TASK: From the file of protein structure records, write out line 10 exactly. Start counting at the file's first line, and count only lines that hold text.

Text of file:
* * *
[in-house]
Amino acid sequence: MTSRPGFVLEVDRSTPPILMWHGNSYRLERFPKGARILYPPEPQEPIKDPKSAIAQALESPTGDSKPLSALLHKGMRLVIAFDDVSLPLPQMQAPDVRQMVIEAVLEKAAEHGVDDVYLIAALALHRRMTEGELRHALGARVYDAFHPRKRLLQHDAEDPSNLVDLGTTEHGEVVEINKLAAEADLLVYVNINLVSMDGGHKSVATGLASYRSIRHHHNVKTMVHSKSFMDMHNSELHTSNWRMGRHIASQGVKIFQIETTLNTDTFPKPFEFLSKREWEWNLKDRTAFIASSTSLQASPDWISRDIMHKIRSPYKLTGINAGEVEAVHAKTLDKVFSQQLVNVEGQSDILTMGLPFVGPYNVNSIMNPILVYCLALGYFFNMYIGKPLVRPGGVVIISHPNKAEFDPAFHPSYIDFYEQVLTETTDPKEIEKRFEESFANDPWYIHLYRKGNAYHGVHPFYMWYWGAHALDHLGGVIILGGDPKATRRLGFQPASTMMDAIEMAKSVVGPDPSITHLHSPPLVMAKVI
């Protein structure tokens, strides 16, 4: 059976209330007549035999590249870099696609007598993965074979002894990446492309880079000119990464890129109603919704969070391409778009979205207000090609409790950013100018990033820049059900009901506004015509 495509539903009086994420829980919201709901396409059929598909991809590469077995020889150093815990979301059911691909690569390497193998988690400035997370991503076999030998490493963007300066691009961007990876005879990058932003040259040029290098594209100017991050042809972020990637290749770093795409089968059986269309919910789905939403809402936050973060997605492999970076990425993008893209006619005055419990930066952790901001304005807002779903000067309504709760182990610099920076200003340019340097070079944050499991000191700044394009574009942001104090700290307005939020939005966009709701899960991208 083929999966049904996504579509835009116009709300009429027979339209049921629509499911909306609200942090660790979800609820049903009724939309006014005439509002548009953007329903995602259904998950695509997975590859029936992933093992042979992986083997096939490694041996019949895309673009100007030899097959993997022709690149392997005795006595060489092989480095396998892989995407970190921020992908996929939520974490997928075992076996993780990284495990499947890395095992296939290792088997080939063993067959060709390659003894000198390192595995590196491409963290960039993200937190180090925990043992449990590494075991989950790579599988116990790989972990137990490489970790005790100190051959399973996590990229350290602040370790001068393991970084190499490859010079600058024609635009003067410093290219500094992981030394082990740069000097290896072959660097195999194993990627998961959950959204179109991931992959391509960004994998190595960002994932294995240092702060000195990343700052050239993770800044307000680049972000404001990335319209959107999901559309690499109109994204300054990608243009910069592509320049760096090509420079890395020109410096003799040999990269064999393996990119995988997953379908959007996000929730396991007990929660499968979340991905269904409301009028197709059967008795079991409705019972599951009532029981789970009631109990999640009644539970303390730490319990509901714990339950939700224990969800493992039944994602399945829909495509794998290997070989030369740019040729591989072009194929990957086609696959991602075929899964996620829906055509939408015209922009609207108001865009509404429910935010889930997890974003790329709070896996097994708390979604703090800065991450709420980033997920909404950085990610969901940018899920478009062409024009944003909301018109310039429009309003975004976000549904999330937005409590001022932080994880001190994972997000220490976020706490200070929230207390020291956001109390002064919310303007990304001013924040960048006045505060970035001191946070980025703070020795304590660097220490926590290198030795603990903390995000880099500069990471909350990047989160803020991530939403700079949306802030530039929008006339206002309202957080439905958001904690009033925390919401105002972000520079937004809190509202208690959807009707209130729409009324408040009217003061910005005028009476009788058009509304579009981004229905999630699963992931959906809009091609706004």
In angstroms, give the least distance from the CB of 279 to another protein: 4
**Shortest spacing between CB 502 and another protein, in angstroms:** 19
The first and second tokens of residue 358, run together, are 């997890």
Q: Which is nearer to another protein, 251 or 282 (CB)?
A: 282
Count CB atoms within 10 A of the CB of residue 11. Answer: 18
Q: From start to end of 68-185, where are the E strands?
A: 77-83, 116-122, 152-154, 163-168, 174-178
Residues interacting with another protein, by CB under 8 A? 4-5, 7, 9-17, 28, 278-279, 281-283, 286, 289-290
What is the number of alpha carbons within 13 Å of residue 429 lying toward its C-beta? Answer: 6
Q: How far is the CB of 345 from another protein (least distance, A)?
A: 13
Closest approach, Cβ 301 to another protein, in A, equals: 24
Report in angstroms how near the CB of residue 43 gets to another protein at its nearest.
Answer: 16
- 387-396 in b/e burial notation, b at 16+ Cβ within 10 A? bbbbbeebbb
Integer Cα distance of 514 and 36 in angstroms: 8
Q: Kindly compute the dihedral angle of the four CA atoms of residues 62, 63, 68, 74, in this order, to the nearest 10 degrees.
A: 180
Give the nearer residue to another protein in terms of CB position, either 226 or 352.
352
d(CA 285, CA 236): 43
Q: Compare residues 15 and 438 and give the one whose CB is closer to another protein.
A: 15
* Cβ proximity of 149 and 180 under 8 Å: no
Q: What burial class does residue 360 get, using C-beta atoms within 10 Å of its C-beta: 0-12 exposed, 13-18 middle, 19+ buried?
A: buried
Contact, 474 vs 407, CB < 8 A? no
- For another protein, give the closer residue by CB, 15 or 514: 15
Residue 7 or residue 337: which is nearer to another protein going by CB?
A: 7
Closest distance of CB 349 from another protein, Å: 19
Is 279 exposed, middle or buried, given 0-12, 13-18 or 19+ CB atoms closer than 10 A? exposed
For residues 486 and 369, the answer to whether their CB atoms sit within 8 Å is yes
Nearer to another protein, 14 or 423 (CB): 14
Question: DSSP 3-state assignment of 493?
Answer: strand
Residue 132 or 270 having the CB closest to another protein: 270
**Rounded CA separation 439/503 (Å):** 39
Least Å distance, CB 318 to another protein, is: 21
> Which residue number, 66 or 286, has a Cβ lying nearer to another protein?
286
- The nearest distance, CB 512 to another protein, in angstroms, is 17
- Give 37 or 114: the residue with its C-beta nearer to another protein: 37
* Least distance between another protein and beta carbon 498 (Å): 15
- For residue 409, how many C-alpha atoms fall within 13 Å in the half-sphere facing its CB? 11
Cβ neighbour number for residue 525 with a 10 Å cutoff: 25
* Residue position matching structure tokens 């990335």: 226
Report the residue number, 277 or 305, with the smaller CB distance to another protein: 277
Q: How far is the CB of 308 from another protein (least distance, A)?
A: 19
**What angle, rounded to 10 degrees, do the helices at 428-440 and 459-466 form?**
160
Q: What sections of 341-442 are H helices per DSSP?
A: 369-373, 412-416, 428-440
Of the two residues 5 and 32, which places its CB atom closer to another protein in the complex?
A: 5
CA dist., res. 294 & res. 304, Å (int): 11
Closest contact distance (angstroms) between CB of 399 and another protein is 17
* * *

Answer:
Q: From start to end of 68-185, where are the E strands?